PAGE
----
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I posted a poll here yesterday and the majority of those who responded felt that schools should be open provided that everyone adheres strictly to guidelines. Here's PART of the guidelines in our community:

The Westchester County Department of Health issued a letter to school districts on January 4, 2021 advising schools of changes to the quarantine procedures. Our Medical Director carefully reviewed the changes, and approved them for implementation in our schools. The quarantine rules essentially note that individuals within six feet of a positive case for 10 or more minutes are required to quarantine for 10 days. The quarantines are required regardless of whether masks were worn and/or polycarbonate barriers were used.
This revised DoH guidance, coupled with the six-feet distancing and mask guidelines that we are following, has resulted in fewer individuals being quarantined. In addition, when students learning remotely test positive for COVID, there are no school quarantines necessary as the individual would not have been in the school while positive.
With regard to bus quarantines, the previous guidelines called for the entire bus to be quarantined, irrespective of their distance from the positive individual. In some instances, the two individuals could have been 35 feet away, yet everyone on the bus was required to quarantine. The current guidance requires anyone within six-feet of the individual for 10-minutes or more to quarantine.

Duration of Quarantines
As we have previously shared, the quarantine period in New York State has been reduced from 14 days to 10 days provided the individual remains asymptomatic. Regardless of whether an individual tests negative for COVID, the quarantine period for anyone exposed to a COVID positive person may not be reduced.

https://drive.google.com/file/d/1j4-027EvsWxm7DkS5MUg9yCTS7I...

Thank God my kids aren't going to that school. If they were, I'd opt for remote learning until the pandemic is under much better control. And who's protecting the teachers?????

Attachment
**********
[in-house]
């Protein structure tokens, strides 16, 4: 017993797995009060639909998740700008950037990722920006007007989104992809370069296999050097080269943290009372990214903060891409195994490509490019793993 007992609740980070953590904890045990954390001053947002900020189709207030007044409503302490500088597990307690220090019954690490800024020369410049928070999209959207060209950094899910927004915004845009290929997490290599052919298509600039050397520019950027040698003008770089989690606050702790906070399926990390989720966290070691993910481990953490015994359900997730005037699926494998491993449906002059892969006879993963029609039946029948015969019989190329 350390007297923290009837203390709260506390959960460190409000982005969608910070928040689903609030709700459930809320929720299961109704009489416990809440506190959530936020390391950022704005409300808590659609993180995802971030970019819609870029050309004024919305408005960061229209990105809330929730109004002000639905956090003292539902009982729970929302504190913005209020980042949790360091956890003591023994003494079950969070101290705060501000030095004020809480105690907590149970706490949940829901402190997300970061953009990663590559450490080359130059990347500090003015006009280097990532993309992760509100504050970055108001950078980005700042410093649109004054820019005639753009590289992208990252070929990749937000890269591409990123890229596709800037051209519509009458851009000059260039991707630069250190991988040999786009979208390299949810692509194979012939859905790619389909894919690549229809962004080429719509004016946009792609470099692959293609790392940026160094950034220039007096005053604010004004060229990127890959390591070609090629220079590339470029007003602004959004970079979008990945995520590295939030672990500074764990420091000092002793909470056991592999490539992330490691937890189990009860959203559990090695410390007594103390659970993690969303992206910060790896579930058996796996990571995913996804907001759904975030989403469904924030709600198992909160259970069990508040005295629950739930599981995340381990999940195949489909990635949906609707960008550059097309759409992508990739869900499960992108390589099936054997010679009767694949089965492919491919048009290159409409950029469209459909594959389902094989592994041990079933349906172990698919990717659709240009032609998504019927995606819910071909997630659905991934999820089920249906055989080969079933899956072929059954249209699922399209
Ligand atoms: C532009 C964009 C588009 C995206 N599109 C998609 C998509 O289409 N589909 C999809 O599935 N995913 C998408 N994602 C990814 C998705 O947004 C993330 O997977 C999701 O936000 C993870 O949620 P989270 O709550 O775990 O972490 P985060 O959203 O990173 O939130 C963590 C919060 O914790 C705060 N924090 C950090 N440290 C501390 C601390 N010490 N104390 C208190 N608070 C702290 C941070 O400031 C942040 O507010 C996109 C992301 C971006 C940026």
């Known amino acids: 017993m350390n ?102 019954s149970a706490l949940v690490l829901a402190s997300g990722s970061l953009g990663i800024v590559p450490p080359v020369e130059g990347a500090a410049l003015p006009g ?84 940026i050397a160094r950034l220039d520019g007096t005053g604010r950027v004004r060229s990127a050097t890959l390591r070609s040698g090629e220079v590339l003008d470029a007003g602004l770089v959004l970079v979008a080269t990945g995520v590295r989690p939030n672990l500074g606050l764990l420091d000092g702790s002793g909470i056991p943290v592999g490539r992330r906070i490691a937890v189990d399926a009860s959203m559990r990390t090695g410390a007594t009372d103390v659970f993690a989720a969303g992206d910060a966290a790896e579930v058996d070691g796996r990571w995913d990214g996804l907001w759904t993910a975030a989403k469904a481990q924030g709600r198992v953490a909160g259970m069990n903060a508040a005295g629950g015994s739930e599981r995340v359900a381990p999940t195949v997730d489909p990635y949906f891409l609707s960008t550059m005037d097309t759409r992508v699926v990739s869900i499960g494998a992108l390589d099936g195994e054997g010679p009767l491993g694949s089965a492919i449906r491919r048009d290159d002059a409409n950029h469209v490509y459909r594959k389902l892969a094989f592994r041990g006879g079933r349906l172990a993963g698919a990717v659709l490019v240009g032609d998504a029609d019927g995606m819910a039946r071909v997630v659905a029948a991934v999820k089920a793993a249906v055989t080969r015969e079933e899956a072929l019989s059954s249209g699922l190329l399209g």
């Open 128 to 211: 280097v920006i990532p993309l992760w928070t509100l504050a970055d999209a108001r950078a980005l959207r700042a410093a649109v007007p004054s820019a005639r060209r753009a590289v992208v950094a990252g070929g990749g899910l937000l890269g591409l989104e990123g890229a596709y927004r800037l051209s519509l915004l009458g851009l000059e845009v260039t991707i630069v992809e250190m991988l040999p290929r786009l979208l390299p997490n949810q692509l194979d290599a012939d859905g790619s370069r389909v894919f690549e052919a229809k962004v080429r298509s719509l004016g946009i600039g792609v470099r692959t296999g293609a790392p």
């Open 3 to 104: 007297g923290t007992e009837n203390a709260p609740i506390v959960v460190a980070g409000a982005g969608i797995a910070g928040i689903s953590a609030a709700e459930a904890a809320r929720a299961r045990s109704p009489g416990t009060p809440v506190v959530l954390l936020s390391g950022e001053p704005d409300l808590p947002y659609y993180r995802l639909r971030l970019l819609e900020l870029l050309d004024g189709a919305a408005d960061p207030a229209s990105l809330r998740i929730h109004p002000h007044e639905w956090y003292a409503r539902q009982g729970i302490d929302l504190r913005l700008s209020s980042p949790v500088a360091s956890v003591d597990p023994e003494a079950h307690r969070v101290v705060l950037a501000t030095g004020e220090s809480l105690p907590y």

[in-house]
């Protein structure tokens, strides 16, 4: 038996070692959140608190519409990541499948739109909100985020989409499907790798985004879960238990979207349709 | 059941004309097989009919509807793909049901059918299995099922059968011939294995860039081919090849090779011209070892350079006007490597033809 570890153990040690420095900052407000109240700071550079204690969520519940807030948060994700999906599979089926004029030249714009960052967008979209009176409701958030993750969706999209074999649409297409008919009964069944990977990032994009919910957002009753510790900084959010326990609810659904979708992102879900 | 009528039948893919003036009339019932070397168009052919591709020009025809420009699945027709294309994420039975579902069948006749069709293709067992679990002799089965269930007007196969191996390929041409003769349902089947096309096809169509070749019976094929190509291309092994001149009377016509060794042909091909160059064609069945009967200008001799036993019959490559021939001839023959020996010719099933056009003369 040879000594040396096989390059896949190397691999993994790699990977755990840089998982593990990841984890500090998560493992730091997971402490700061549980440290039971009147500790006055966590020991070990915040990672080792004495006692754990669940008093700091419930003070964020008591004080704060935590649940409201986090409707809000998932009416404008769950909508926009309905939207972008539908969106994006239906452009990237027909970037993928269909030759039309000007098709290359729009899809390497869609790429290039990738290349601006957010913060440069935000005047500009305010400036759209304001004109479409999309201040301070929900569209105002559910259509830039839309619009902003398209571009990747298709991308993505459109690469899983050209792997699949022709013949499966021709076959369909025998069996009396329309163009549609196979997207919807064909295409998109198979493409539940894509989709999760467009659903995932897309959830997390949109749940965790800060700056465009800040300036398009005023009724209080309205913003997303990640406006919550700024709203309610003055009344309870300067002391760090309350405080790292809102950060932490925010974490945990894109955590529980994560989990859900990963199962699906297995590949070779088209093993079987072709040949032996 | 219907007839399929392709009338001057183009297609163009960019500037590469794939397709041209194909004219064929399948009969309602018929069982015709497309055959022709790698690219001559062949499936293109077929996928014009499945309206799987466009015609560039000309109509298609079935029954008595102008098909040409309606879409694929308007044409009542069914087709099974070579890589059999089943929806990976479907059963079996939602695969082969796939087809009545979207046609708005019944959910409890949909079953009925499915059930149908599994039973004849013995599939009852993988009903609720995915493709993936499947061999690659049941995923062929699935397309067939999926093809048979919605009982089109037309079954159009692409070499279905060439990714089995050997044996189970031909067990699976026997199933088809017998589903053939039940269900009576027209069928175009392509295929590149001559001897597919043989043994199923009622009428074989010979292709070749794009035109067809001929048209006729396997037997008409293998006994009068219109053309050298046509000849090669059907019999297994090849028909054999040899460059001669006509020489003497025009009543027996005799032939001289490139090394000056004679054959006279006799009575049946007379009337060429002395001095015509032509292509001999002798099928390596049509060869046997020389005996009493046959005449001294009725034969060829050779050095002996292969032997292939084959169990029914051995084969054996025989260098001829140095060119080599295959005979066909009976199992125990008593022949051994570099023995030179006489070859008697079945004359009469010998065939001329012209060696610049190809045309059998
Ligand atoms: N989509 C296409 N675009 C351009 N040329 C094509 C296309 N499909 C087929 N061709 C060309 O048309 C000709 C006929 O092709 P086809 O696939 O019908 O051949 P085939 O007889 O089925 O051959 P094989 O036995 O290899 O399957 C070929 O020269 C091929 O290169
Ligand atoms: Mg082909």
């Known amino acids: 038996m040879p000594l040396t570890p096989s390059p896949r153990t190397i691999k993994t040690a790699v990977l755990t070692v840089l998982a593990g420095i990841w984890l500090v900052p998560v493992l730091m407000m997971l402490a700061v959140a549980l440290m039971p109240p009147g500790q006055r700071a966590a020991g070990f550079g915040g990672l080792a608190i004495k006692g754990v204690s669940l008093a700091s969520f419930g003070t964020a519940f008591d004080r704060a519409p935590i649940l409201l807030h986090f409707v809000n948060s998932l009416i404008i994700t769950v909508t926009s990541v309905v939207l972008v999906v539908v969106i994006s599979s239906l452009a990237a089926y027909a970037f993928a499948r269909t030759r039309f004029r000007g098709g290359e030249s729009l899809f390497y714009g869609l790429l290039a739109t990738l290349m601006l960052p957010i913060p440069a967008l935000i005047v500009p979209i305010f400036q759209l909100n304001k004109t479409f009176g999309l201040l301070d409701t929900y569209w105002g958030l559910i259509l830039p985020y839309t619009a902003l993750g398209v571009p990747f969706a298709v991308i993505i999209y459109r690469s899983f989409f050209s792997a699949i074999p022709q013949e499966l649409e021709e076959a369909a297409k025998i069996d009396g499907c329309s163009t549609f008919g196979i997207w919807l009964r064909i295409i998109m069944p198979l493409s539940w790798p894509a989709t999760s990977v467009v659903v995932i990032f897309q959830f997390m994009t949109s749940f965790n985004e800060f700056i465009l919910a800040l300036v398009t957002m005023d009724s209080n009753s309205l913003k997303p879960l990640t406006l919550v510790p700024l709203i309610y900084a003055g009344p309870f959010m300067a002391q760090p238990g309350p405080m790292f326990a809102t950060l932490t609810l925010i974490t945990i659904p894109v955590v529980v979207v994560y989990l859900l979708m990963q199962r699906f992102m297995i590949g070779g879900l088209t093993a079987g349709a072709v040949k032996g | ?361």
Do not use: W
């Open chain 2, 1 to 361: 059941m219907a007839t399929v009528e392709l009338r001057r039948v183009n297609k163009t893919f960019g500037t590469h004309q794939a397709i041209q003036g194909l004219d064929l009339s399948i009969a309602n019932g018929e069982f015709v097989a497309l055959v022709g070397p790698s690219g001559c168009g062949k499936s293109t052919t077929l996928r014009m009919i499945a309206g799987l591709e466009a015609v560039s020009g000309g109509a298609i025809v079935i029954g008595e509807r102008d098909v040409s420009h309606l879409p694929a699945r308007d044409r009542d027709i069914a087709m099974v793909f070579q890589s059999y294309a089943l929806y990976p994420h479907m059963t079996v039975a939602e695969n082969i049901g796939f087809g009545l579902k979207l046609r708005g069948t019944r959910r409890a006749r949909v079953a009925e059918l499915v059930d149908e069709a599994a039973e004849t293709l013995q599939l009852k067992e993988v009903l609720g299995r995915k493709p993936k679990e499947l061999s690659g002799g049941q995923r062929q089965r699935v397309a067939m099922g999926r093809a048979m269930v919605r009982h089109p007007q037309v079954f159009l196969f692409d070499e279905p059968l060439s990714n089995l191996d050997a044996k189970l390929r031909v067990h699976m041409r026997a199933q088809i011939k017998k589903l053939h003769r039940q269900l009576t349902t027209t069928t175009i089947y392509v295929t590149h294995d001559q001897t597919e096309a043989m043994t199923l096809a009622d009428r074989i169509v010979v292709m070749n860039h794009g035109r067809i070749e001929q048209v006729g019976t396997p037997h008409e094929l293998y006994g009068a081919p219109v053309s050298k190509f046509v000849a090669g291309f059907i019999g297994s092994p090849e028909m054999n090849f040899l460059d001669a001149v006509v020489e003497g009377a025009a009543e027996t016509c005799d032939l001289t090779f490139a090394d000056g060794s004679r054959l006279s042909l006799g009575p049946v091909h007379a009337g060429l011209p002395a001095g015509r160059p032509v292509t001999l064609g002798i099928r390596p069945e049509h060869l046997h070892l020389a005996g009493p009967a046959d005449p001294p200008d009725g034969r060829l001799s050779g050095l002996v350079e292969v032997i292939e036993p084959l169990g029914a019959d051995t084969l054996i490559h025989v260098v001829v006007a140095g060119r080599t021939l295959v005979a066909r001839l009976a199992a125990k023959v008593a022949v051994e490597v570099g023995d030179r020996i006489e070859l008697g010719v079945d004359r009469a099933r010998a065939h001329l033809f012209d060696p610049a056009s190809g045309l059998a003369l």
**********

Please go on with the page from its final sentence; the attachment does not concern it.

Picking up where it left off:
The pandemic got out of control almost a year ago mainly due to stupidity. The then president (we won't mention his name) and many of his followers pooh-poohed Covid. We saw what happened.

It seems to me that the stupidity is alive and well. Of course I appreciate the value of in person education. And I understand that many parents need a baby-sitting service so that they can go to work.

But here's the thing. GUIDELINES can be deadly. Administrators can allow dangerous situations simply by showing that they are acting in conformance with the guidelines. Do you REALLY thing that it is reasonable to try to estimate "within six feet of a positive case for 10 or more minutes???" And what about the kids riding on school buses? Or socializing outside and showing up with the virus?

Will it kill us to keep the classes remote for a while? It will no doubt kill some of us if we don't.
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Will it kill us to keep the classes remote for a while? It will no doubt kill some of us if we don't.

What I can say is that remote learning is a serious downgrade to classroom learning for the kids. The spring term last year was a disaster for our son. The learning was terrible, socially and psychologically it was terrible. Continuing like that for a full year would have been incredibly difficult.

The government in Luxembourg recognized this and has prioritized keeping schools open (as have most countries in Europe). They stayed open through the wave in November/December. They only did remote learning for one week after Christmas. Rules locally (some specific to school, others for the general population) are: